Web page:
Labour badly needs to change this position – and beneath it all, I think many people in the Labour Party realise that. Sadiq Khan, the Shadow Secretary of State for Justice, recently said that:

“I believe our rights as citizens are under attack, and that it falls to Labour to be the defender of these rights.”

Khan is right – but he needs to realise that one of the many ways that our rights as citizens are under attack is through the internet surveillance programme – both the legal plans built into the Snoopers’ Charter and the practical ones that seem to have been in action for a while by GCHQ through their Tempora programme and through their cooperation with the NSA’s PRISM. Labour, if they are to be, as Khan puts it, the defender of our rights, needs to find a way to reposition itself as opposed to internet surveillance.

That’s where Tom Watson comes in. In his resignation letter he says the following:

“I wish to use the backbenches to speak out in areas of personal interest: open government and the surveillance state, the digital economy, drones and the future of conflict, the child abuse inquiries, the aftermath of the Murdoch scandal and grass roots responses to austerity.” (emphasis added)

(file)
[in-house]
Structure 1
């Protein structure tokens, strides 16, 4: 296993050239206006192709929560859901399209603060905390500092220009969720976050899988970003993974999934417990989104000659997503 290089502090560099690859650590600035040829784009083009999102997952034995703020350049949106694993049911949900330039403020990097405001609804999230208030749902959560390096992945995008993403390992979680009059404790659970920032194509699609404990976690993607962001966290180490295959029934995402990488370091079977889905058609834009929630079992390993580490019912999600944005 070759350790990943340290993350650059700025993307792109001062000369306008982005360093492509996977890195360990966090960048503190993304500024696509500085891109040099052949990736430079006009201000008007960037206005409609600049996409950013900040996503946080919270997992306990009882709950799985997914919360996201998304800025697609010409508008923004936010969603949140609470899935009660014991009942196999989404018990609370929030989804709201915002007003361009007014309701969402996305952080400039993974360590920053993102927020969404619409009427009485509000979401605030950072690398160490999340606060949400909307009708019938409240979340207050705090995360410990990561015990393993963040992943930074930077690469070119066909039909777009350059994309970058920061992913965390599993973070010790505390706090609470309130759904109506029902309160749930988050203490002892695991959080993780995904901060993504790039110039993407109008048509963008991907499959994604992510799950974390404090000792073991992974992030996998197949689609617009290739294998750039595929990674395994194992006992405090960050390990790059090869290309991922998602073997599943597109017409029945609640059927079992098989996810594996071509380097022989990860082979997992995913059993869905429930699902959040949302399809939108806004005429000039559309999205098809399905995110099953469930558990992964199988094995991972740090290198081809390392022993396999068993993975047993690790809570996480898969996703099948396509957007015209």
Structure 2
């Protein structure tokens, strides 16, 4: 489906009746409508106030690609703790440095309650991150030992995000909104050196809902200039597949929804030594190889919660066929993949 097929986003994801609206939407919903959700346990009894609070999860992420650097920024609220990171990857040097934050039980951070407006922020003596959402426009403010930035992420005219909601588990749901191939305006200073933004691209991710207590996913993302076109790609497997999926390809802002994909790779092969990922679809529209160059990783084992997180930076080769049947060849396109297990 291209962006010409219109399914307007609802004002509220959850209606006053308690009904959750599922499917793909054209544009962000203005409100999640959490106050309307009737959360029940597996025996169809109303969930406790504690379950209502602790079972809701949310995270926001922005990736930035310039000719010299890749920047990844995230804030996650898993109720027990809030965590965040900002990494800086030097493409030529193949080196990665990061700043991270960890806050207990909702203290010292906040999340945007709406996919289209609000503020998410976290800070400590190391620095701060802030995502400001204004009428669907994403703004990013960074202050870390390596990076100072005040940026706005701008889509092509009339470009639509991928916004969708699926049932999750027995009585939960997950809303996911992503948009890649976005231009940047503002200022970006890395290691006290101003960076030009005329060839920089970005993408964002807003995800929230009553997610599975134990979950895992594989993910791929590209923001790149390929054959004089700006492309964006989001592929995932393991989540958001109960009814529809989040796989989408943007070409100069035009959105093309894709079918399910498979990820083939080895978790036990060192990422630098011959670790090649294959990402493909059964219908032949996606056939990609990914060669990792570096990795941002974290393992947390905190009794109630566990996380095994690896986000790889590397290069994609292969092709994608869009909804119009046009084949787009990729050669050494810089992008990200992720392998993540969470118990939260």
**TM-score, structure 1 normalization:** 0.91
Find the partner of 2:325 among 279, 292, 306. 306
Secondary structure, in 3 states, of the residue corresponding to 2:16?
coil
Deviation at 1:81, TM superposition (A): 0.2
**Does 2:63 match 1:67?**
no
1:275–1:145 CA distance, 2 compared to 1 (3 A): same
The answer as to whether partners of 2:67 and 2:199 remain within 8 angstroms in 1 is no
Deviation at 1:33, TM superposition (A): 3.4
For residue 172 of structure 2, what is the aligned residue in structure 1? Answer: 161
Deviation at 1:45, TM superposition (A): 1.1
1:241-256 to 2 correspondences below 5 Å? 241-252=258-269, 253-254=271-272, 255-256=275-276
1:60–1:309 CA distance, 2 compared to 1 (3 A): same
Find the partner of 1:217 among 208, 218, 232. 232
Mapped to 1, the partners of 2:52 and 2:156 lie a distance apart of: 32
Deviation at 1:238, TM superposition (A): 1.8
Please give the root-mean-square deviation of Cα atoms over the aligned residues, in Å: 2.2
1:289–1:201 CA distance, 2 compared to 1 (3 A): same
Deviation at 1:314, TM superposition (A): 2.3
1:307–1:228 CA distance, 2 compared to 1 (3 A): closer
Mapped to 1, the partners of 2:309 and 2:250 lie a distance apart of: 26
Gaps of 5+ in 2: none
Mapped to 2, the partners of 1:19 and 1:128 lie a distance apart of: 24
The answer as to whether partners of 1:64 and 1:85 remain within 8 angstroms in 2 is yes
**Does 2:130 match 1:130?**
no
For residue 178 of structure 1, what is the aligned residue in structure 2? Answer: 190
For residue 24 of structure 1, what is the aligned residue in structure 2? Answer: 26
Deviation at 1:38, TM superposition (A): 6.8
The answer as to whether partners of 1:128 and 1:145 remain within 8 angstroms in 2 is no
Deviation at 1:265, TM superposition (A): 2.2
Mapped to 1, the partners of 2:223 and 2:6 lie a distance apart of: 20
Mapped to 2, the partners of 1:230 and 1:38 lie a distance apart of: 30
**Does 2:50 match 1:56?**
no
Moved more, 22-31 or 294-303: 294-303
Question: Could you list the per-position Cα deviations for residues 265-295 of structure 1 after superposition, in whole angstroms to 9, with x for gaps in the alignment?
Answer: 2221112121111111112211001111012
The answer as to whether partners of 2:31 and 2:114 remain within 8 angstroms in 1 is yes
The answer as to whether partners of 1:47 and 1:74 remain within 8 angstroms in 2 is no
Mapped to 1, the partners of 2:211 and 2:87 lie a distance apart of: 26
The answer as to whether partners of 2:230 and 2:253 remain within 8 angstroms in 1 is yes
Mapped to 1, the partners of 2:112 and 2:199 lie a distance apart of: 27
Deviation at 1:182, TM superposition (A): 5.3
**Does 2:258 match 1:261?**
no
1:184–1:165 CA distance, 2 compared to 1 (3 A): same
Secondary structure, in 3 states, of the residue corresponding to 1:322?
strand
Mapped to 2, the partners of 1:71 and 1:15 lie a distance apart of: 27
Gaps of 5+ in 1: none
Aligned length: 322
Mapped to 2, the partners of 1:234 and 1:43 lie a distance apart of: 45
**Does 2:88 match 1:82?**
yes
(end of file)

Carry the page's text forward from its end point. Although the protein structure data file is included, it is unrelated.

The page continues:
Tom Watson gets it. He understands the internet – and he understands privacy. He has spoken out about the Snoopers Charter already (see here, for example) and though the current anti-surveillance climate after the PRISM revelations means that it’s not coming back very soon, as I’ve blogged before these measures have a tendency to re-emerge. This will – and it will need to be fought. As a back bencher, Tom Watson will have both the time and the opportunity to go against the authoritarian grain of Labour’s policies over surveillance. He can be a voice – and a strong and powerful one – that helps explain the reality of internet surveillance, its impact on people, and the ways in which it infringes our rights, not just theoretically but in practice. Labour has not had such a voice in its party over recent years – and it shows. The other main parties do have such MPs – David Davis for the Tories, Julian Huppert for the Lib Dems – and those MPs were crucial in the fight against the Snoopers’ Charter, raising awareness amongst their fellow MPs amongst other things.